About St. Croix

St. Croix is part of the U.S. Virgin Islands. The territory is considered an unincorporated U.S. territory. St. Croix is by far the largest of the 4 U.S. Virgin Islands (St. Thomas, Water Island and St. John are the other three). At 84 square miles, St. Croix is about three times the size of St. Thomas, however, it has about the same population as St. Thomas. St. John and Water Island are tiny in comparison. Saint Croix has flown seven different flags. It has been colonized by Spain, Great Britain, the Netherlands, France, the Knights of Malta, Denmark, and the United States.

The Carib were the last of the Native Indian people to inhabit St. Croix. The Carib people were originally from the Guiana region of South America.  They were not the first Indians on St. Croix.. The Tainos or Arawaks came before them and the Caribs didn't arrive on the island until the early 1400's. It was the Carib that greeted Columbus on his second voyage through the islands.

The Caribs continued to inhabit St. Croix for about a decade after Columbus' visit. During this time they lived with an understanding of mutual coexistence with the Spanish on Puerto Rico. This understanding ended when a Spanish adventurer raided St. Croix for Carib slaves. The Caribs then joined with the Tainos of Puerto Rico, to fight against the Spanish. As a result of their uprising, the Caribs were ordered to be eliminated by the Spanish Crown. With 'legalized' extermination and military action inevitable,  the Caribs permanently abandoned St. Croix.

Sugarcane quickly became the economic force on the island many years. The development of the sugar beet in Europe and abolishment of slavery undermined the economy of the colony. Slavery was abolished after a successful insurrection in 1848, but in 1862, St. Croix received a shipload of East Indians that were indentured on the island for five years. There was a labor revolt by former slaves in 1878 when much of Frederiksted, one of the island's two towns, was burnt down in a labor revolt now known as the Fireburn. It was reportedly led by four women known as the "Queens" of the revolt, and a modern island thoroughfare is named after "Queen Mary" Thomas.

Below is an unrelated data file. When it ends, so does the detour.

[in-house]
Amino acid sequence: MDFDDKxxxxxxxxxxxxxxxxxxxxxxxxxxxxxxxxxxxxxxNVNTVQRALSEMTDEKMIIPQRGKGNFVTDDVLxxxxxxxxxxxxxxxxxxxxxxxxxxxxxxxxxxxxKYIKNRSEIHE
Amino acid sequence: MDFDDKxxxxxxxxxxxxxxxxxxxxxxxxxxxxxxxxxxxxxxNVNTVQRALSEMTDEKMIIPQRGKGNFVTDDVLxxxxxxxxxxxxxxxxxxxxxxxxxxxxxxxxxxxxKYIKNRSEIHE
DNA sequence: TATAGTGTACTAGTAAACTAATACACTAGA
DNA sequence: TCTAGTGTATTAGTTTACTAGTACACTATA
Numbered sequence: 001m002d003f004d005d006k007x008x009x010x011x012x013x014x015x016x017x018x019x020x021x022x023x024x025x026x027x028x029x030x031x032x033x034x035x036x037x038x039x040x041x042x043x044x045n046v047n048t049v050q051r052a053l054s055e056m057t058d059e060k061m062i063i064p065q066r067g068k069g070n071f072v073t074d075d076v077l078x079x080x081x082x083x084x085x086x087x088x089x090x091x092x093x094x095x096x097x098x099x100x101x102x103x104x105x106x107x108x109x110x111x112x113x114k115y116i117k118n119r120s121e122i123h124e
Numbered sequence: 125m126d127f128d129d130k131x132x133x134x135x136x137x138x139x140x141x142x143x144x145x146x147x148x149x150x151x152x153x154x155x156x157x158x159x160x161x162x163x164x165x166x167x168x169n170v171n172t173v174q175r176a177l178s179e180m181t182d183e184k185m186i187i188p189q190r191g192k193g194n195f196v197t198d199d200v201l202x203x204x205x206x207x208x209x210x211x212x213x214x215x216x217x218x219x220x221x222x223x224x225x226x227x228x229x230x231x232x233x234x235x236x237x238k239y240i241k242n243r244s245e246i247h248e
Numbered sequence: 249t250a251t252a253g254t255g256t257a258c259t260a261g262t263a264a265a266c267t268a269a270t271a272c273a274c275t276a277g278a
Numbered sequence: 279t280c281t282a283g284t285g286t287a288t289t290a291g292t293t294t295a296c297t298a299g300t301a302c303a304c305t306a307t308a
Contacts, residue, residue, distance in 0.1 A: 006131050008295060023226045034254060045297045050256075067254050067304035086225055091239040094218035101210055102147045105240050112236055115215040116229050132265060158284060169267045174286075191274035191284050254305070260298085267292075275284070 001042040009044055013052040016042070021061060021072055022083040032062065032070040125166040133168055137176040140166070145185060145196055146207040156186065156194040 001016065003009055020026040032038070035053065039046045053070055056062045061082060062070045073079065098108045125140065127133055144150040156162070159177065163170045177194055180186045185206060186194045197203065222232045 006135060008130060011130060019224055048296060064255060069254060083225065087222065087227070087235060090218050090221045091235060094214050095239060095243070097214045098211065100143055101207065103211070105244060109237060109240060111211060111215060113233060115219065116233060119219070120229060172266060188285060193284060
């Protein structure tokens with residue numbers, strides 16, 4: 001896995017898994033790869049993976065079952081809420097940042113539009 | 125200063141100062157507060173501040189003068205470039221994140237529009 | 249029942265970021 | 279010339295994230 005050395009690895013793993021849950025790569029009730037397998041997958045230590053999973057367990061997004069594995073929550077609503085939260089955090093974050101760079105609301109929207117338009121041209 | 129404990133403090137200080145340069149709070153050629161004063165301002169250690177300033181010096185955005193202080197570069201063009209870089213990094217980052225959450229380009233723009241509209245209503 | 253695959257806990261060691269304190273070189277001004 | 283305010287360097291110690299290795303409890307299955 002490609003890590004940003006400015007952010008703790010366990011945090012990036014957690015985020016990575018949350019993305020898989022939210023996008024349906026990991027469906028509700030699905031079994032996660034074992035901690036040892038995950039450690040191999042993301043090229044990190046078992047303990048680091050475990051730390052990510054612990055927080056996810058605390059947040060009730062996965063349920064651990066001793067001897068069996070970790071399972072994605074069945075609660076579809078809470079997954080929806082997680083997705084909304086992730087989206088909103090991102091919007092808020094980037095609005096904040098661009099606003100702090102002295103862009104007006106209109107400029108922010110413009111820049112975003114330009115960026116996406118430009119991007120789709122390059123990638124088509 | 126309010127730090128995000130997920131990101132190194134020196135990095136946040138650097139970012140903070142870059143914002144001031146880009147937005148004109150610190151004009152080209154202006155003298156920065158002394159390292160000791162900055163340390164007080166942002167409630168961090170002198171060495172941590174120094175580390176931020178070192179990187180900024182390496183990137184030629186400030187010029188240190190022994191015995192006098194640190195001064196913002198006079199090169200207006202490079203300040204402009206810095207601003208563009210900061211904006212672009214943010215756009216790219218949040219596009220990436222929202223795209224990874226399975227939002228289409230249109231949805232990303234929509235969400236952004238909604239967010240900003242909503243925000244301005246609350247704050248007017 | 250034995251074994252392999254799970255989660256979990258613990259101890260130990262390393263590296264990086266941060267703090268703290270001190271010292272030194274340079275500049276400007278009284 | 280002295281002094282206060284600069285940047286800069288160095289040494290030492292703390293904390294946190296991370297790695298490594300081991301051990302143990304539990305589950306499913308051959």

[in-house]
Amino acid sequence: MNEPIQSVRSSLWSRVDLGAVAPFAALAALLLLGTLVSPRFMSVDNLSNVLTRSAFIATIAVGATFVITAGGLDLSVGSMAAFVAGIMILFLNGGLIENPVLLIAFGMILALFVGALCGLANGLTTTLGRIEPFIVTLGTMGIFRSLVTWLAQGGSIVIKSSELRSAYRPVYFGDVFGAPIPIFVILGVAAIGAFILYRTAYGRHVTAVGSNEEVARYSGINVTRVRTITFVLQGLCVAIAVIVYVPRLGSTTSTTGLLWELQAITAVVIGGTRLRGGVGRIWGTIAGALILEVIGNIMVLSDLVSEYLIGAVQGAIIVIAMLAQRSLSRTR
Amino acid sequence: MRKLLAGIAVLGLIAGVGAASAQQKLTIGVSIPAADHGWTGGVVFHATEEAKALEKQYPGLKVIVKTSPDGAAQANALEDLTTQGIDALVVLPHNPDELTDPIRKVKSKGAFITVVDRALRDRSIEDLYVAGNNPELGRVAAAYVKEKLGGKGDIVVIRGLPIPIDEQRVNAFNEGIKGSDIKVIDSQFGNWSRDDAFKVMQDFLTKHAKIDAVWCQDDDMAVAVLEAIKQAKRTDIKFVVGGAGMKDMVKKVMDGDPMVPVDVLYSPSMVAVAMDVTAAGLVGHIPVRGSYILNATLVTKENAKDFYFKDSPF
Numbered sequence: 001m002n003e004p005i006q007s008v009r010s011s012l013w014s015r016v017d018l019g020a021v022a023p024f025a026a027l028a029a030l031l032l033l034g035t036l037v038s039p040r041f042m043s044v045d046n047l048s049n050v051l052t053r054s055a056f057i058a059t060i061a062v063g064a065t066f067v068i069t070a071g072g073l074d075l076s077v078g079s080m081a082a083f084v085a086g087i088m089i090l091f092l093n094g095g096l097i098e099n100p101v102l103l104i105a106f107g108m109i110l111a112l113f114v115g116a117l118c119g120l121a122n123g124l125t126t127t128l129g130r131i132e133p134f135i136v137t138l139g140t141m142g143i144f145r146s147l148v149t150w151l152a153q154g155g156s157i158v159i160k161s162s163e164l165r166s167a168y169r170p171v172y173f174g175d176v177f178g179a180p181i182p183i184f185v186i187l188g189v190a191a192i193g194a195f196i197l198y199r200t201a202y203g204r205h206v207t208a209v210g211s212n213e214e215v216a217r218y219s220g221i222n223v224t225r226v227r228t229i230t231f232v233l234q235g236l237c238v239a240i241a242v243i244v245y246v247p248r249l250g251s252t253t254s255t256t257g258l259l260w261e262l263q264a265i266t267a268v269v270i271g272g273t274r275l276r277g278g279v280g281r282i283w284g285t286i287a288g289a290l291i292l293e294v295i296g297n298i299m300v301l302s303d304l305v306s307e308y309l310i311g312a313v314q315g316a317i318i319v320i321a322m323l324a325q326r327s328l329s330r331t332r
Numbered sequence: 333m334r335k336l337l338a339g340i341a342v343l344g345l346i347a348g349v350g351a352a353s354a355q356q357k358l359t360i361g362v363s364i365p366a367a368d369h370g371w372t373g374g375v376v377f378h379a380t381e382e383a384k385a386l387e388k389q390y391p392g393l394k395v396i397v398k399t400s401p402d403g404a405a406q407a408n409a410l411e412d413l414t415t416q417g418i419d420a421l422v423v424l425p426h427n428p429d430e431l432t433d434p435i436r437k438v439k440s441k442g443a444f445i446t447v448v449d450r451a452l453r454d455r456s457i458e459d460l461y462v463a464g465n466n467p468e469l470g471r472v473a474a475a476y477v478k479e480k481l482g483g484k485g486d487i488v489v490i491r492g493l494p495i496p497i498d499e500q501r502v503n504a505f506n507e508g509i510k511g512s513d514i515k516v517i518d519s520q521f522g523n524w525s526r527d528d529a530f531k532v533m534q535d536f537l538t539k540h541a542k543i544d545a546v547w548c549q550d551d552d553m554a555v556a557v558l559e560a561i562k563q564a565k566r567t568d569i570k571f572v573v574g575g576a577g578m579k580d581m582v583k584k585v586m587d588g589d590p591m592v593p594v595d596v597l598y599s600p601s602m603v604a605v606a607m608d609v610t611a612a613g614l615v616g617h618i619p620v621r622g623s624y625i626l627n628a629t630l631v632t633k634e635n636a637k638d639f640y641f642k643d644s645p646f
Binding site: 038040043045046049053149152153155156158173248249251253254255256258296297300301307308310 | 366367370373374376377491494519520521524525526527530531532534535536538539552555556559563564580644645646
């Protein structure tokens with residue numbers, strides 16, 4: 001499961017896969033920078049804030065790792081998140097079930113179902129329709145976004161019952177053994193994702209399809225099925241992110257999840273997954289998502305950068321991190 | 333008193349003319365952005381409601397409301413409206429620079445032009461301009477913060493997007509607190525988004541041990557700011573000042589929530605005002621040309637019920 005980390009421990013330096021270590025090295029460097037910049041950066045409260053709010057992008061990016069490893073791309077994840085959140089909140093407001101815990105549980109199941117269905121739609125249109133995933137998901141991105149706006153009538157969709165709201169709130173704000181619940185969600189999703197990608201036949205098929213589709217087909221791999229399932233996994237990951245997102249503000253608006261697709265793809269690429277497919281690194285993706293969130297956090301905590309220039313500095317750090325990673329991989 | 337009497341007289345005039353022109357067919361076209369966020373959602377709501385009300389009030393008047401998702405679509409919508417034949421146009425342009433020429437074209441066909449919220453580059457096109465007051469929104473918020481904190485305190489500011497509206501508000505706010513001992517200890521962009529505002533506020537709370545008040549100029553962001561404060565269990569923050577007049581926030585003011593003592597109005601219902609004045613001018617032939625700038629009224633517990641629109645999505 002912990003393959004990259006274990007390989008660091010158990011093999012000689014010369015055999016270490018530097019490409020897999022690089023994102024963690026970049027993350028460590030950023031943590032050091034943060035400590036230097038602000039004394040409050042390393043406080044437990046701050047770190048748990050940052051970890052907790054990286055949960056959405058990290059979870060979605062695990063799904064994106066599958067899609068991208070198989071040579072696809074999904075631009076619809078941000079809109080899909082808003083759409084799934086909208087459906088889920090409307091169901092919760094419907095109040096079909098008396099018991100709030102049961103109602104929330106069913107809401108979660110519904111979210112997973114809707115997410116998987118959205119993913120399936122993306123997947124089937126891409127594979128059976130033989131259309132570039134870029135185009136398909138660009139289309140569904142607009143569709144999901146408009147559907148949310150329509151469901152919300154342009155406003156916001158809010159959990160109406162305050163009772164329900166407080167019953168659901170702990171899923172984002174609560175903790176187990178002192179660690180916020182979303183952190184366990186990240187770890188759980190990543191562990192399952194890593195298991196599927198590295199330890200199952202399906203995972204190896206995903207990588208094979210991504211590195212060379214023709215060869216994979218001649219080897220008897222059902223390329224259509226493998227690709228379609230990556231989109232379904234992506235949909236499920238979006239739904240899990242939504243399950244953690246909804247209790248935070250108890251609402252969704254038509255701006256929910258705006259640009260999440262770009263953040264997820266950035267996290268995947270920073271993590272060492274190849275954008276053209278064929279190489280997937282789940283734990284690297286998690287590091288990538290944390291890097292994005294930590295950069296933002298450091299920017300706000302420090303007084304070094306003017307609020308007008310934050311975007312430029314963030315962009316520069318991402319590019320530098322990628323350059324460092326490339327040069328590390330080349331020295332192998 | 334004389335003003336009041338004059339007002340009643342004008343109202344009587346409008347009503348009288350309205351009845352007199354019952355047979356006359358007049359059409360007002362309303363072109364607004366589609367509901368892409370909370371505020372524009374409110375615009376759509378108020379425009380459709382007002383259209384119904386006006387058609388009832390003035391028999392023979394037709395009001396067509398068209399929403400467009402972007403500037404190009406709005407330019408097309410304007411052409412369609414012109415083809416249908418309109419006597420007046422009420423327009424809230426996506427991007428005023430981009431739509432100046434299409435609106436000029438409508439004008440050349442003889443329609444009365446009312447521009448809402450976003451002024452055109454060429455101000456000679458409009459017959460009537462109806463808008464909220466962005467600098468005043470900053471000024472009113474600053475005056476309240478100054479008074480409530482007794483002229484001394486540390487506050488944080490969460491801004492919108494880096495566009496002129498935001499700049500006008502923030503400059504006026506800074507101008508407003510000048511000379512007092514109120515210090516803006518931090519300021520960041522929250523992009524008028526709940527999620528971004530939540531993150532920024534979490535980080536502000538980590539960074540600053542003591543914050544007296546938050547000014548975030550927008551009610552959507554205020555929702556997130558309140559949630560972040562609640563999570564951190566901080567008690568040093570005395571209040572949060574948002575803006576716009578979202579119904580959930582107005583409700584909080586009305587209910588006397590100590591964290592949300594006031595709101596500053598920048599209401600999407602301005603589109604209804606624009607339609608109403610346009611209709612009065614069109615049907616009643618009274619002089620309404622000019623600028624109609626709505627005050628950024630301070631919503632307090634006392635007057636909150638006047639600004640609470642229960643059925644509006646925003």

Christopher Columbus is credited as the first European to have discovered the island in 1493. He landed at what is know known as Salt River, which is on the central north coast. He was searching for fresh water but didn't find any because a river, was just an inlet from the sea that resembled the mouth of a river. There can be small running streams/rivers in the rainforest, depending on how much rain there has been, but nothing navigable. The far eastern part of the island is a bit more arid than the west end. You will see a lot of cactus plants, with some growing up to 15' high on the rolling hills.  Even though the island is only 27 miles long, east to west, the western end of the island has lush green hills that rise up much higher than on the east end and even includes a small rainforest. There are pristine, white sandy beaches all around the island.

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